Tinka passes away

January 25, 2010

The oldest member of our Sonso community, Tinka, sadly passed away last week of natural causes at the age of 50. He led an extraordinary life that saw dramatic changes in the forest and communities around him. Born around 1960 he lived through the rise and fall of one of the largest sawmills in Africa; the Royal Albert Hall is floored in Budongo Cynometra, and for a time the majority of the mahogany exported to Europe came out of his forest. As the forest around him shrunk, the neighboring villages approached; and as he reached his teens, the terrible political turmoil that started in the 1970s meant the human pressure on the forest increased even further. As well as the logging his community now had to deal with an increasing proliferation of snares set by bush-meat hunters. Intended for small antelope and bush-pig these wire loops trap the limbs of passing chimpanzees and are pulled taught, cutting deep into the tissue of their hands and feet. Tinka sustained not one but two terrible snare injuries that led to the near total paralysis of both of his hands. Many chimpanzees have died from minor injuries to a single limb, but Tinka defied all the odds and despite these horrific injuries he continued to play an active part in community life for many years. He developed his own unique techniques to cope with the climbing, feeding and grooming activities that fill an adult chimpanzee’s daily schedule; and seeing him slowly scale the huge trees, sometimes over 30m tall, quickly put into perspective any of the minor tribulations that as field researchers we were sometimes all too ready to give up on as impossible.

Over the years he saw the rise and fall of at least 3 alpha males and the births and deaths of many community members. The constant challenge of survival without the use of his hands was enough to keep him from ever rising within the male hierarchy, but he still maintained his position within the group. In time he developed a chronic skin complaint and eye problems that left him with a permanent squint; these left him understandably short tempered and woe betides the overly boisterous young chimp who disturbed his rest. More recently the toll of coping with his numerous disabilities at such an advanced age had started to increase, and in his final years he was often found pottering about alone, slowly making his way between sites where the fruits had fallen to the ground and he could feed in peace.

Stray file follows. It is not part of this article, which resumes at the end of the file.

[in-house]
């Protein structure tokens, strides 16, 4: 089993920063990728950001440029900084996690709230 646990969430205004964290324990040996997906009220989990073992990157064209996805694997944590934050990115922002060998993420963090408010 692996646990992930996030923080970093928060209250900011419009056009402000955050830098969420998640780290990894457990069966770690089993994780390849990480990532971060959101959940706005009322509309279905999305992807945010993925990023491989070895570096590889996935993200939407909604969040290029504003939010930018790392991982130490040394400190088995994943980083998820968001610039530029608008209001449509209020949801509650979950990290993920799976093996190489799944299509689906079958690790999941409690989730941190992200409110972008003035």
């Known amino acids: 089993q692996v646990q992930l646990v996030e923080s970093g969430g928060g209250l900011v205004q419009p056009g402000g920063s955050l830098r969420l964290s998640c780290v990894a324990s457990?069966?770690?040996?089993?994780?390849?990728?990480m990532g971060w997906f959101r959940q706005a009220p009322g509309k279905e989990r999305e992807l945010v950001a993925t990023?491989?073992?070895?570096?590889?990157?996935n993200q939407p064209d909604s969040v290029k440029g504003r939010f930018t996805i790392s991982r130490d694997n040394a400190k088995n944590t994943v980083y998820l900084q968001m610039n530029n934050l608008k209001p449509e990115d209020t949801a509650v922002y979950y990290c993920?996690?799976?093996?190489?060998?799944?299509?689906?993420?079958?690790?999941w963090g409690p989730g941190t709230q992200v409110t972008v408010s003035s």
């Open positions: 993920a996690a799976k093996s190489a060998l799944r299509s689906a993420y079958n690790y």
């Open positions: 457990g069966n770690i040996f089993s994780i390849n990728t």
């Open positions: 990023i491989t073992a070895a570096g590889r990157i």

We have lost several of our adult males recently and are now in the position where the alpha male Nick and his compatriot Zefa are our elder Sonso statesmen at only 28 years old! Fortunately we still have a thriving older female community with Nambi (49), Zimba (42) and Ruhara (42), all of whom have children and some grandchildren growing up at Sonso.

We will all miss Tinka, despite (or perhaps because of) his ornery nature, he was a memorable and much loved character in the Sonso community. His indomitable spirit was an unfailing source of inspiration about the possibilities that are always there if you try hard enough – or are simply too stubborn to recognize the obstacles in the way! RIP Tinka – I’m sure where ever you are there’ll be a good scratching post near-by.

Happy New Year!

January 19, 2010

Hello and Happy New Year from everyone at Sonso!  The end of last year saw a number of big changes for us: firstly our director Dr. Fred Babweteera was promoted to the post of Conservation Coordinator for African Projects at the Royal Zoological Society of Scotland! A big congratulations to Fred and while we’ll all be extremely sad to see him move on from the position of director which he’s taken on for many years – it’s a fantastic opportunity for him and very nice to know that as RZSS are our main funder he’ll still be very much involved in our work in Budongo.

Our chimpanzee friends have been making changes too, with a marked shift in their range down to the far South-East of the forest, well off the existing grid-system (which makes trying to follow them on a day-to-day basis particularly interesting!). The forest quickly becomes a dense, damp, swampy tangle of climbers and roots down there and with little in fruit there seemed no clear motivation for their move – aside of course from watching the foolish bipeds with their soft hairless skin struggle through spiky wet undergrowth with it’s never ending supply of army ants… However, not long after this shift in territory they started to hunt again with regular success. As usual it was the black and white colobus monkeys that were their targets and while the young males were the main hunters, it seemed as though everyone was keen to get their share of the meat. It’s not clear yet whether or not the move represents a permanent shift in their territory (possibly following the pressure from their neighbors to the north), or just one of the regular fluctuations in their range, but we’ll be closely monitoring the situation over the next few months to find out.

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